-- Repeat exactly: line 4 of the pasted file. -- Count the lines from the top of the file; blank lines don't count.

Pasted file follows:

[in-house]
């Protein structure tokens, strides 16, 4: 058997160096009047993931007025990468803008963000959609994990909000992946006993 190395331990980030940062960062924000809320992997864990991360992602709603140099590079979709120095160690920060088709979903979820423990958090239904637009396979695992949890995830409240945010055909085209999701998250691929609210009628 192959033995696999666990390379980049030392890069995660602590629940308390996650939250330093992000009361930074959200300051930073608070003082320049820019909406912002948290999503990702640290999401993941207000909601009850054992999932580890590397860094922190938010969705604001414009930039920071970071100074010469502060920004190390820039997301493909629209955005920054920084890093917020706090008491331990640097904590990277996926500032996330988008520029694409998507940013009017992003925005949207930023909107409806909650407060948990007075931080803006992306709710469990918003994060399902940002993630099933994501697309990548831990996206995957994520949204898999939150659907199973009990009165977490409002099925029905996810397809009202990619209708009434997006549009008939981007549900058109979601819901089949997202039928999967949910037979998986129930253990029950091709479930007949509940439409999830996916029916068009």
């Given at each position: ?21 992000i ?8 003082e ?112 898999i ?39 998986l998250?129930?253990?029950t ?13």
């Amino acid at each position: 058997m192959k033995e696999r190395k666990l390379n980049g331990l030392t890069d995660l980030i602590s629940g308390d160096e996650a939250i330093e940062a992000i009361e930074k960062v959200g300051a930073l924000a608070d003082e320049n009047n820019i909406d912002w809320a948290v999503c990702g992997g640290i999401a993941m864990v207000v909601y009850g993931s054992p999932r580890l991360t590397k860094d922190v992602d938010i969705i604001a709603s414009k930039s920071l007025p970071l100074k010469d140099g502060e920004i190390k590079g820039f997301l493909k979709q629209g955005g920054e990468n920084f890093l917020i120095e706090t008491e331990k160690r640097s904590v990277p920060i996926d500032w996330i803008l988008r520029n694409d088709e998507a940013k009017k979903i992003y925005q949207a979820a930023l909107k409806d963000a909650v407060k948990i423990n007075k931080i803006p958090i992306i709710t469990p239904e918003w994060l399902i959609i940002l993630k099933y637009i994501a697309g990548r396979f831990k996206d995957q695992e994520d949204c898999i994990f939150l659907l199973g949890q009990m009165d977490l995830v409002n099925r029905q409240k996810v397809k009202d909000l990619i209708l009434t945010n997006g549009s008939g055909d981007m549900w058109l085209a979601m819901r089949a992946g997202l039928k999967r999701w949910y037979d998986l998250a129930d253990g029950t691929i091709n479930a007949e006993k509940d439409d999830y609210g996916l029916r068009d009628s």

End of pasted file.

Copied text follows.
């Amino acid at each position: 058997m192959k033995e696999r190395k666990l390379n980049g331990l030392t890069d995660l980030i602590s629940g308390d160096e996650a939250i330093e940062a992000i009361e930074k960062v959200g300051a930073l924000a608070d003082e320049n009047n820019i909406d912002w809320a948290v999503c990702g992997g640290i999401a993941m864990v207000v909601y009850g993931s054992p999932r580890l991360t590397k860094d922190v992602d938010i969705i604001a709603s414009k930039s920071l007025p970071l100074k010469d140099g502060e920004i190390k590079g820039f997301l493909k979709q629209g955005g920054e990468n920084f890093l917020i120095e706090t008491e331990k160690r640097s904590v990277p920060i996926d500032w996330i803008l988008r520029n694409d088709e998507a940013k009017k979903i992003y925005q949207a979820a930023l909107k409806d963000a909650v407060k948990i423990n007075k931080i803006p958090i992306i709710t469990p239904e918003w994060l399902i959609i940002l993630k099933y637009i994501a697309g990548r396979f831990k996206d995957q695992e994520d949204c898999i994990f939150l659907l199973g949890q009990m009165d977490l995830v409002n099925r029905q409240k996810v397809k009202d909000l990619i209708l009434t945010n997006g549009s008939g055909d981007m549900w058109l085209a979601m819901r089949a992946g997202l039928k999967r999701w949910y037979d998986l998250a129930d253990g029950t691929i091709n479930a007949e006993k509940d439409d999830y609210g996916l029916r068009d009628s």